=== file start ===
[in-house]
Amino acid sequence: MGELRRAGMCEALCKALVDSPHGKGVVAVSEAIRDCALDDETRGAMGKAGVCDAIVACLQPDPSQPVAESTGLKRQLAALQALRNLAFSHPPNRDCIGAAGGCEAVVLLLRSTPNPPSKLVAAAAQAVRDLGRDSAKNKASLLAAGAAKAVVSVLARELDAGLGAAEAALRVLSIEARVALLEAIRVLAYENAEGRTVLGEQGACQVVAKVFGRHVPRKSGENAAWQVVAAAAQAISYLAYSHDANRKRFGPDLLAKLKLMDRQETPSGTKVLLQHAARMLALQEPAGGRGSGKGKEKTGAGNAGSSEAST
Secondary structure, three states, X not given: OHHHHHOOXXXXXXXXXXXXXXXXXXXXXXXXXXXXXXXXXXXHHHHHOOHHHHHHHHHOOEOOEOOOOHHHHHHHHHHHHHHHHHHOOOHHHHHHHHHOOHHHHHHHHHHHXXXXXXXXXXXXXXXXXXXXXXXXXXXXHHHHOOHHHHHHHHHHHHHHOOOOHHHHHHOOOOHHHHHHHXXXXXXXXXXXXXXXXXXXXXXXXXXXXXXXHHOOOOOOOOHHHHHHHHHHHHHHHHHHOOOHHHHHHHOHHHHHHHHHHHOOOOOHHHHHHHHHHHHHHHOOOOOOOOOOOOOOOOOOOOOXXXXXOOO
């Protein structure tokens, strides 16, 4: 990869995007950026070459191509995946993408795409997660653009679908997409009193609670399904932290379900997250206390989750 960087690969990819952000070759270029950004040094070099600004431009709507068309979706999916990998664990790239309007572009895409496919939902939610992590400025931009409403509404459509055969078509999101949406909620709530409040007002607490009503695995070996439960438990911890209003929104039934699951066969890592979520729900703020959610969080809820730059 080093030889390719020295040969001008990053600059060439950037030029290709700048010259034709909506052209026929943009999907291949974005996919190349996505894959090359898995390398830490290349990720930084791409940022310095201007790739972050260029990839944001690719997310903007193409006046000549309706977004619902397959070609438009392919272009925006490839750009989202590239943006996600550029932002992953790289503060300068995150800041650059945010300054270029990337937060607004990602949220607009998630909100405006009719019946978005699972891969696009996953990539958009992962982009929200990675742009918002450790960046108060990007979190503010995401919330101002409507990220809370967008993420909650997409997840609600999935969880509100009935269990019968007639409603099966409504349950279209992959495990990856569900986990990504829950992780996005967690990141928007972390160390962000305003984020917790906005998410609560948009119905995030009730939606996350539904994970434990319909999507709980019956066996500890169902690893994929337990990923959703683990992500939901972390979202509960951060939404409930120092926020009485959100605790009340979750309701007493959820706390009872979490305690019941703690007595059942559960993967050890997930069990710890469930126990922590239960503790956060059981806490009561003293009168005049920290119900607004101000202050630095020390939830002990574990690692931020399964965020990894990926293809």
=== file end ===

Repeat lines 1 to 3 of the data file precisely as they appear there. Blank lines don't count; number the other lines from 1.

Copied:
[in-house]
Amino acid sequence: MGELRRAGMCEALCKALVDSPHGKGVVAVSEAIRDCALDDETRGAMGKAGVCDAIVACLQPDPSQPVAESTGLKRQLAALQALRNLAFSHPPNRDCIGAAGGCEAVVLLLRSTPNPPSKLVAAAAQAVRDLGRDSAKNKASLLAAGAAKAVVSVLARELDAGLGAAEAALRVLSIEARVALLEAIRVLAYENAEGRTVLGEQGACQVVAKVFGRHVPRKSGENAAWQVVAAAAQAISYLAYSHDANRKRFGPDLLAKLKLMDRQETPSGTKVLLQHAARMLALQEPAGGRGSGKGKEKTGAGNAGSSEAST
Secondary structure, three states, X not given: OHHHHHOOXXXXXXXXXXXXXXXXXXXXXXXXXXXXXXXXXXXHHHHHOOHHHHHHHHHOOEOOEOOOOHHHHHHHHHHHHHHHHHHOOOHHHHHHHHHOOHHHHHHHHHHHXXXXXXXXXXXXXXXXXXXXXXXXXXXXHHHHOOHHHHHHHHHHHHHHOOOOHHHHHHOOOOHHHHHHHXXXXXXXXXXXXXXXXXXXXXXXXXXXXXXXHHOOOOOOOOHHHHHHHHHHHHHHHHHHOOOHHHHHHHOHHHHHHHHHHHOOOOOHHHHHHHHHHHHHHHOOOOOOOOOOOOOOOOOOOOOXXXXXOOO